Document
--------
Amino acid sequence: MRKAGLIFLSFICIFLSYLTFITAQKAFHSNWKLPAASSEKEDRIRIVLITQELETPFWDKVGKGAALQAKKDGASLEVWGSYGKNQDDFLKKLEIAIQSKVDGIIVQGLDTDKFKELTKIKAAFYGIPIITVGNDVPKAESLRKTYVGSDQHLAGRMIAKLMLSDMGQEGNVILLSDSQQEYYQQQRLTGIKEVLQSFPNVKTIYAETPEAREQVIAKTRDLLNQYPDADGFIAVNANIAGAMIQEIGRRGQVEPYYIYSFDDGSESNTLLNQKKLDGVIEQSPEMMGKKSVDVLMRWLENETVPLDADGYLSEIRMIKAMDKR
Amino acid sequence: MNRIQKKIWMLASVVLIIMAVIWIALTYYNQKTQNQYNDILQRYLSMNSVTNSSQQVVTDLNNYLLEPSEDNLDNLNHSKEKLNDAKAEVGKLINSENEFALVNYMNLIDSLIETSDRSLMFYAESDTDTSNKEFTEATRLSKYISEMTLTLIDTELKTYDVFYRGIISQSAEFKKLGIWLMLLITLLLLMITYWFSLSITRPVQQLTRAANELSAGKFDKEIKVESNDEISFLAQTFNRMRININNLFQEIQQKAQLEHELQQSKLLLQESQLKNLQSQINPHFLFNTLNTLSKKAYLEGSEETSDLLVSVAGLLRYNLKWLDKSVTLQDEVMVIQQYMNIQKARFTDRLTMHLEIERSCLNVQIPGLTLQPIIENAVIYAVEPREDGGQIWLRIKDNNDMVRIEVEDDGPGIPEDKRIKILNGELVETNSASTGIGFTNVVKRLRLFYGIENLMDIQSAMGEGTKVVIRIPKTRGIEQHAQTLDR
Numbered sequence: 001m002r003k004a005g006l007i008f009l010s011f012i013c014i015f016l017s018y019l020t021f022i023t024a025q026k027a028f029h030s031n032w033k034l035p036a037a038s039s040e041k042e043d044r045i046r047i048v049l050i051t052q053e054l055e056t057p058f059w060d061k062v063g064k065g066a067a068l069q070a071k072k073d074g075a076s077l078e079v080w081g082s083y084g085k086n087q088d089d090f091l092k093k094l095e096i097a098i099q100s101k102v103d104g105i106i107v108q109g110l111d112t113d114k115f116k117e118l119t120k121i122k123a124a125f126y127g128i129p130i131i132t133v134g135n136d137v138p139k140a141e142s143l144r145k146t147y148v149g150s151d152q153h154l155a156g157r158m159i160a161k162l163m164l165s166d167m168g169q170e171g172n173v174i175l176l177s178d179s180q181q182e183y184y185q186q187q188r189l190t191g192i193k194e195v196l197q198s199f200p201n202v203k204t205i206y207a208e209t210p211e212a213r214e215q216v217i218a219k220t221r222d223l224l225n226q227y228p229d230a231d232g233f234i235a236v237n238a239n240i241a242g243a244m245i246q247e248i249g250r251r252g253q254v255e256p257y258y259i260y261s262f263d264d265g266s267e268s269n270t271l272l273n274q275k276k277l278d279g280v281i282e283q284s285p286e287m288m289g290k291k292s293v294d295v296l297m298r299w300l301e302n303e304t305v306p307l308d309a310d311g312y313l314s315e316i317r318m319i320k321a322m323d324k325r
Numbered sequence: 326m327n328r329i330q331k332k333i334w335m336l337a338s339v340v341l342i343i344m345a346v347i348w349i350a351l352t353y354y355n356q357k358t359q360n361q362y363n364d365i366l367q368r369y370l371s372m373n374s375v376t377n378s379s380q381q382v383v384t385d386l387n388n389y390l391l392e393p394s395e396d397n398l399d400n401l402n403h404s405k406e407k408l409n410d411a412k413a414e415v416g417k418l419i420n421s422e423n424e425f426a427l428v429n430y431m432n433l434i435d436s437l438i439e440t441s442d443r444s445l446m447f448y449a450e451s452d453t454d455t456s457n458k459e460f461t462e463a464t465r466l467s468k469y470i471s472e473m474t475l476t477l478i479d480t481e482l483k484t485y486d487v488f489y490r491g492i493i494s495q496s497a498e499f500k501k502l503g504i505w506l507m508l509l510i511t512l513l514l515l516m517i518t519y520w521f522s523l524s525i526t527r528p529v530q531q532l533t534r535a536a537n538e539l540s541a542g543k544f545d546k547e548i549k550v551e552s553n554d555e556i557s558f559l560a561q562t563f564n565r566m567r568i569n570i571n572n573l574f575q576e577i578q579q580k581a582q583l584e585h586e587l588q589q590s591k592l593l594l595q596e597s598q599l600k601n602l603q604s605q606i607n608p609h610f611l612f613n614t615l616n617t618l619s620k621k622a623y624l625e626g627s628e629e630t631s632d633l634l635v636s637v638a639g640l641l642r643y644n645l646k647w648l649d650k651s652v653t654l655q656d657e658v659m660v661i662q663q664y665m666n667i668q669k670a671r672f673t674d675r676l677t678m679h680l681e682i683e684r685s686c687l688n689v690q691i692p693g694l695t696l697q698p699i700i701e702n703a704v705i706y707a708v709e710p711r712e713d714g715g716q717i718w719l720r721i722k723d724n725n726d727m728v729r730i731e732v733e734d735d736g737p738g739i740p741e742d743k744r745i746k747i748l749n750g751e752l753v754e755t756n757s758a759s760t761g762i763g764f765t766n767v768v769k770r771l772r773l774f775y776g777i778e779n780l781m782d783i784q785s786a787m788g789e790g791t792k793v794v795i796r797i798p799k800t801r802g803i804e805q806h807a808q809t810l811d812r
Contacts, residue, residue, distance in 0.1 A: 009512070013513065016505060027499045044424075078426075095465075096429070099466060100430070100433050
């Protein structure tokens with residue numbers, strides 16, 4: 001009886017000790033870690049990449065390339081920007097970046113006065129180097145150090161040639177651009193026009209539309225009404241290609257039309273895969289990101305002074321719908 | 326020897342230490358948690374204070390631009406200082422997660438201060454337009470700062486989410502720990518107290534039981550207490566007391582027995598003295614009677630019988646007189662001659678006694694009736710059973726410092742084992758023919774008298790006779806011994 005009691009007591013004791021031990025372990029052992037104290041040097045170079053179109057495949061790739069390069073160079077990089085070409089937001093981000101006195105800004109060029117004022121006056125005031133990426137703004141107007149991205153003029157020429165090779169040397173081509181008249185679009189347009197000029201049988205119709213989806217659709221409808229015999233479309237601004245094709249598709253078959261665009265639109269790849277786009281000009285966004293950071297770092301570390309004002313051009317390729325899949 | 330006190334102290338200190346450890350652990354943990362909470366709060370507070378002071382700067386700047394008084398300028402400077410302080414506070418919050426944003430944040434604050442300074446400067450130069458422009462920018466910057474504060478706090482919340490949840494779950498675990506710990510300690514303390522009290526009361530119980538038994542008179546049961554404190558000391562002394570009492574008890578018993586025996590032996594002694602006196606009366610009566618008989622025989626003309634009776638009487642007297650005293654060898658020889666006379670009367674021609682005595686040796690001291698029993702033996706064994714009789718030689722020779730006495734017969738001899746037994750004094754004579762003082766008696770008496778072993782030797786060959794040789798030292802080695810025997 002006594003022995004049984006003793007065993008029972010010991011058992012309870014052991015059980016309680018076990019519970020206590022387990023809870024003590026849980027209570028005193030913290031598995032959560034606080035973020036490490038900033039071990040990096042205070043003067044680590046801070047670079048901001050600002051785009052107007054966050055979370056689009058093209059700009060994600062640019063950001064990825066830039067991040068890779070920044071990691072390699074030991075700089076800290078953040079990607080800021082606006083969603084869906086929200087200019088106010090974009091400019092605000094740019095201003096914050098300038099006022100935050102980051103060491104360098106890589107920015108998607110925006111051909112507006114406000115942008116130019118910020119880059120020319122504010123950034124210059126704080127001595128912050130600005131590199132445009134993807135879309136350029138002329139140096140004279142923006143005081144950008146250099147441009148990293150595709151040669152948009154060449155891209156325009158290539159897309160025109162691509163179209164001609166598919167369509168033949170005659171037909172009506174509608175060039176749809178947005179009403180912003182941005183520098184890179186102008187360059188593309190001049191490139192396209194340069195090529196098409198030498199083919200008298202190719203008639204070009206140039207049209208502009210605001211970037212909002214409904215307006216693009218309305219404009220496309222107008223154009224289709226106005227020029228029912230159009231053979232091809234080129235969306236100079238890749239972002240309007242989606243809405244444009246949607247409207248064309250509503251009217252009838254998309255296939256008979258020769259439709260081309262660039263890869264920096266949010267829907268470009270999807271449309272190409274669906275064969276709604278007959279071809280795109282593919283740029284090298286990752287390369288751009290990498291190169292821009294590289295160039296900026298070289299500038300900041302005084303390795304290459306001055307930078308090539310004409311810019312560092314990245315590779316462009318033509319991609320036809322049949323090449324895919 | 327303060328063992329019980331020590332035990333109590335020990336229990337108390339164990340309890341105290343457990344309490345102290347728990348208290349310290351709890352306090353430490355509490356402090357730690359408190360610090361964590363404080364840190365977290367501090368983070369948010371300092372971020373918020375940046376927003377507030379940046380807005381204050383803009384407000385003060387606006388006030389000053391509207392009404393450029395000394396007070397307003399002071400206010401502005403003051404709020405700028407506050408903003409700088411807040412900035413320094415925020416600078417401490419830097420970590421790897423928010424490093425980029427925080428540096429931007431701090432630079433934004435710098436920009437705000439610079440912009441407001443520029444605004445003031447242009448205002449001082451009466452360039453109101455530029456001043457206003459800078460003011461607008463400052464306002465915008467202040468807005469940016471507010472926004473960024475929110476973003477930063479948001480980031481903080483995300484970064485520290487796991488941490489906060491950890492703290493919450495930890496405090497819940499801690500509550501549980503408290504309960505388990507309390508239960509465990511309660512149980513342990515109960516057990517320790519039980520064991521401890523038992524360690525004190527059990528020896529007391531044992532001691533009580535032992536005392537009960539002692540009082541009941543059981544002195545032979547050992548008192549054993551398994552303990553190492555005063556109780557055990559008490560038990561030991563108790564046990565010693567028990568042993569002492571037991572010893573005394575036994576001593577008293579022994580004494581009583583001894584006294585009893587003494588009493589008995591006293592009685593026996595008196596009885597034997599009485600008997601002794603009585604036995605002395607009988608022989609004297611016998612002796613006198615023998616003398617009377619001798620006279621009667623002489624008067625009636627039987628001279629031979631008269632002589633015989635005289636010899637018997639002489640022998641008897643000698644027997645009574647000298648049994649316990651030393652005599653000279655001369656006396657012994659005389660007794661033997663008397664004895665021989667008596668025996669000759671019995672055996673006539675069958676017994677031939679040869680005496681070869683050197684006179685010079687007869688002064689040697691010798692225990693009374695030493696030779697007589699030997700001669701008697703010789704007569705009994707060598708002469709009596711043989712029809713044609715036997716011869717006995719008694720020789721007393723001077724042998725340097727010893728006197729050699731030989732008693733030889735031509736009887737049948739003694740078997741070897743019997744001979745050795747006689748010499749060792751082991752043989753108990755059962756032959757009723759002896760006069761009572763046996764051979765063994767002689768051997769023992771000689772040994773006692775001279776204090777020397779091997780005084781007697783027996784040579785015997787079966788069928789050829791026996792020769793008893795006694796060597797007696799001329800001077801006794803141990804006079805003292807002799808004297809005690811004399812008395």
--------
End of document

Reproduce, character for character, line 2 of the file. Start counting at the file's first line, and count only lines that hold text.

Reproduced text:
Amino acid sequence: MNRIQKKIWMLASVVLIIMAVIWIALTYYNQKTQNQYNDILQRYLSMNSVTNSSQQVVTDLNNYLLEPSEDNLDNLNHSKEKLNDAKAEVGKLINSENEFALVNYMNLIDSLIETSDRSLMFYAESDTDTSNKEFTEATRLSKYISEMTLTLIDTELKTYDVFYRGIISQSAEFKKLGIWLMLLITLLLLMITYWFSLSITRPVQQLTRAANELSAGKFDKEIKVESNDEISFLAQTFNRMRININNLFQEIQQKAQLEHELQQSKLLLQESQLKNLQSQINPHFLFNTLNTLSKKAYLEGSEETSDLLVSVAGLLRYNLKWLDKSVTLQDEVMVIQQYMNIQKARFTDRLTMHLEIERSCLNVQIPGLTLQPIIENAVIYAVEPREDGGQIWLRIKDNNDMVRIEVEDDGPGIPEDKRIKILNGELVETNSASTGIGFTNVVKRLRLFYGIENLMDIQSAMGEGTKVVIRIPKTRGIEQHAQTLDR